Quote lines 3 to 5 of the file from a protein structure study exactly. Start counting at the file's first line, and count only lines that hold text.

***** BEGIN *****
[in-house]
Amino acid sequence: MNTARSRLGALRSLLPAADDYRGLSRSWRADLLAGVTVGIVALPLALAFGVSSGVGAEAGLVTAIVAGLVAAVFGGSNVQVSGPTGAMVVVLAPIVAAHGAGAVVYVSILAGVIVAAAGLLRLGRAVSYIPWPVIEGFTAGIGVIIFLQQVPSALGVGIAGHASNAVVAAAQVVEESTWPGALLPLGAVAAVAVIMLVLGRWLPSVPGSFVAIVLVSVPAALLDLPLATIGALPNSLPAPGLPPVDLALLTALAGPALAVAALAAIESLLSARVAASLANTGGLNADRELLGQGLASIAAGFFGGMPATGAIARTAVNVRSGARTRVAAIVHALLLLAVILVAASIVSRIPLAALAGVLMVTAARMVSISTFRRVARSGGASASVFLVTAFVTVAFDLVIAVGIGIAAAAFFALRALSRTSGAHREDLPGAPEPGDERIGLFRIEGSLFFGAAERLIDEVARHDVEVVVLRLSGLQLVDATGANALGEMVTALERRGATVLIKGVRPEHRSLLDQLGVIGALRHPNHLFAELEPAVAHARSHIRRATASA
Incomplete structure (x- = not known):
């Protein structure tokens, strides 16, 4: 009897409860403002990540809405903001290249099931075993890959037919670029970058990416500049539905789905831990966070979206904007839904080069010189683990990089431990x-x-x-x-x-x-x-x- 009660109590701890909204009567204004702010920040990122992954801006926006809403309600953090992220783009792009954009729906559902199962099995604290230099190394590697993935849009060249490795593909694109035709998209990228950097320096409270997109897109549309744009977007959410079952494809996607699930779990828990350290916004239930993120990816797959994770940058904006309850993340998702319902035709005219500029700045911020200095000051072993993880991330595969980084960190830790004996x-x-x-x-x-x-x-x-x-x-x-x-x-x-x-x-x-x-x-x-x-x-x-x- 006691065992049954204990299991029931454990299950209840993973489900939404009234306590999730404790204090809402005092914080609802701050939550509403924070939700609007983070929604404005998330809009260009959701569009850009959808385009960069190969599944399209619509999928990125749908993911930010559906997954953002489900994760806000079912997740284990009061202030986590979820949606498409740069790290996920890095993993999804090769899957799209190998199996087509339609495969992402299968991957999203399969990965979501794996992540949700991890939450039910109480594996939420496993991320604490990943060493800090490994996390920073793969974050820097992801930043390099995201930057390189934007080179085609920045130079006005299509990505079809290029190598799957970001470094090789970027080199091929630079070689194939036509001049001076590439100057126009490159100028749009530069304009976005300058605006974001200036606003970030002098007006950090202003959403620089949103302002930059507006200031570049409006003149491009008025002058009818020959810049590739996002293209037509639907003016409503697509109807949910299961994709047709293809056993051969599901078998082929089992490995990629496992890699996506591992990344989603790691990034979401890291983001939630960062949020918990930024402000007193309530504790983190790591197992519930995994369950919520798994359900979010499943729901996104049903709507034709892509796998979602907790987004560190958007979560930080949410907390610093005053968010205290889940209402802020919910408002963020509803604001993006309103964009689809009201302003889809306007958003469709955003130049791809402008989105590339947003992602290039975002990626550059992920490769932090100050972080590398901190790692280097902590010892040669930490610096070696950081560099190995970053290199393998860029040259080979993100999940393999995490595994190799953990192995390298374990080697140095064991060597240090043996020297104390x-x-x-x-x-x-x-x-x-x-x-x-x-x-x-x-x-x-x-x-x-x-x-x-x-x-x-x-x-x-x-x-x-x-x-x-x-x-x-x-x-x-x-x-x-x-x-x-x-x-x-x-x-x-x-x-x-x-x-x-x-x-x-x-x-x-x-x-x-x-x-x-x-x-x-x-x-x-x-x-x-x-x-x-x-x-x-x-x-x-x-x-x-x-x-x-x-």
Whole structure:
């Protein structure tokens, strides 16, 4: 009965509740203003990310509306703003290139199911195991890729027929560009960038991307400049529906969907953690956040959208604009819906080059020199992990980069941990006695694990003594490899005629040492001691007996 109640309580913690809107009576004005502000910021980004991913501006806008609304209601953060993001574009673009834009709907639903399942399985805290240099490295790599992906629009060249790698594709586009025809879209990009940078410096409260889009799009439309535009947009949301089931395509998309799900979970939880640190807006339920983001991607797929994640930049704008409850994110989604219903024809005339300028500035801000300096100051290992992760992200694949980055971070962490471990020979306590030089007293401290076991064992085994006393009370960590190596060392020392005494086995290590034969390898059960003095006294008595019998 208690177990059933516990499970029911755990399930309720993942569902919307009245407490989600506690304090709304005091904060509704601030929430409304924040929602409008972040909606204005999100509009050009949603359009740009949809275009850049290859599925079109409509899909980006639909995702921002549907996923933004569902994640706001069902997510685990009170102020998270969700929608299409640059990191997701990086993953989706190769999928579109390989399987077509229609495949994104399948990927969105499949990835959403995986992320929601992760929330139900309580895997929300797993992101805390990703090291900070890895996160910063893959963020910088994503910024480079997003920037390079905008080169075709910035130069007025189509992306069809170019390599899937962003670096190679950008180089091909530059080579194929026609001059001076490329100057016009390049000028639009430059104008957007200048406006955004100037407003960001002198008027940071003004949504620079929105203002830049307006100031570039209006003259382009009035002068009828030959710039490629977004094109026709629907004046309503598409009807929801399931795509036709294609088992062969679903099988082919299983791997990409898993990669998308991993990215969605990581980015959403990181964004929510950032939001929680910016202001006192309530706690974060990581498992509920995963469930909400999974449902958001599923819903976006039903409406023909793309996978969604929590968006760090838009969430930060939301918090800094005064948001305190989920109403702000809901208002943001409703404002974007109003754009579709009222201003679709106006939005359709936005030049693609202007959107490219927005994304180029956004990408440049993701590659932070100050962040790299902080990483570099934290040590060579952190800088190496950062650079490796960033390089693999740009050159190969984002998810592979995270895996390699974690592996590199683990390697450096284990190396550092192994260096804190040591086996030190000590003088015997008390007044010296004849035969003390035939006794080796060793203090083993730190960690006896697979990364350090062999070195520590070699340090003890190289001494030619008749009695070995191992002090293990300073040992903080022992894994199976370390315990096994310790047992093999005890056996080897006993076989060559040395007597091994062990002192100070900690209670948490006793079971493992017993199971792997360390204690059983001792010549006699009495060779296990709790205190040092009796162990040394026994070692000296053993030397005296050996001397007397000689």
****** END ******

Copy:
Incomplete structure (x- = not known):
């Protein structure tokens, strides 16, 4: 009897409860403002990540809405903001290249099931075993890959037919670029970058990416500049539905789905831990966070979206904007839904080069010189683990990089431990x-x-x-x-x-x-x-x- 009660109590701890909204009567204004702010920040990122992954801006926006809403309600953090992220783009792009954009729906559902199962099995604290230099190394590697993935849009060249490795593909694109035709998209990228950097320096409270997109897109549309744009977007959410079952494809996607699930779990828990350290916004239930993120990816797959994770940058904006309850993340998702319902035709005219500029700045911020200095000051072993993880991330595969980084960190830790004996x-x-x-x-x-x-x-x-x-x-x-x-x-x-x-x-x-x-x-x-x-x-x-x- 006691065992049954204990299991029931454990299950209840993973489900939404009234306590999730404790204090809402005092914080609802701050939550509403924070939700609007983070929604404005998330809009260009959701569009850009959808385009960069190969599944399209619509999928990125749908993911930010559906997954953002489900994760806000079912997740284990009061202030986590979820949606498409740069790290996920890095993993999804090769899957799209190998199996087509339609495969992402299968991957999203399969990965979501794996992540949700991890939450039910109480594996939420496993991320604490990943060493800090490994996390920073793969974050820097992801930043390099995201930057390189934007080179085609920045130079006005299509990505079809290029190598799957970001470094090789970027080199091929630079070689194939036509001049001076590439100057126009490159100028749009530069304009976005300058605006974001200036606003970030002098007006950090202003959403620089949103302002930059507006200031570049409006003149491009008025002058009818020959810049590739996002293209037509639907003016409503697509109807949910299961994709047709293809056993051969599901078998082929089992490995990629496992890699996506591992990344989603790691990034979401890291983001939630960062949020918990930024402000007193309530504790983190790591197992519930995994369950919520798994359900979010499943729901996104049903709507034709892509796998979602907790987004560190958007979560930080949410907390610093005053968010205290889940209402802020919910408002963020509803604001993006309103964009689809009201302003889809306007958003469709955003130049791809402008989105590339947003992602290039975002990626550059992920490769932090100050972080590398901190790692280097902590010892040669930490610096070696950081560099190995970053290199393998860029040259080979993100999940393999995490595994190799953990192995390298374990080697140095064991060597240090043996020297104390x-x-x-x-x-x-x-x-x-x-x-x-x-x-x-x-x-x-x-x-x-x-x-x-x-x-x-x-x-x-x-x-x-x-x-x-x-x-x-x-x-x-x-x-x-x-x-x-x-x-x-x-x-x-x-x-x-x-x-x-x-x-x-x-x-x-x-x-x-x-x-x-x-x-x-x-x-x-x-x-x-x-x-x-x-x-x-x-x-x-x-x-x-x-x-x-x-």
Whole structure: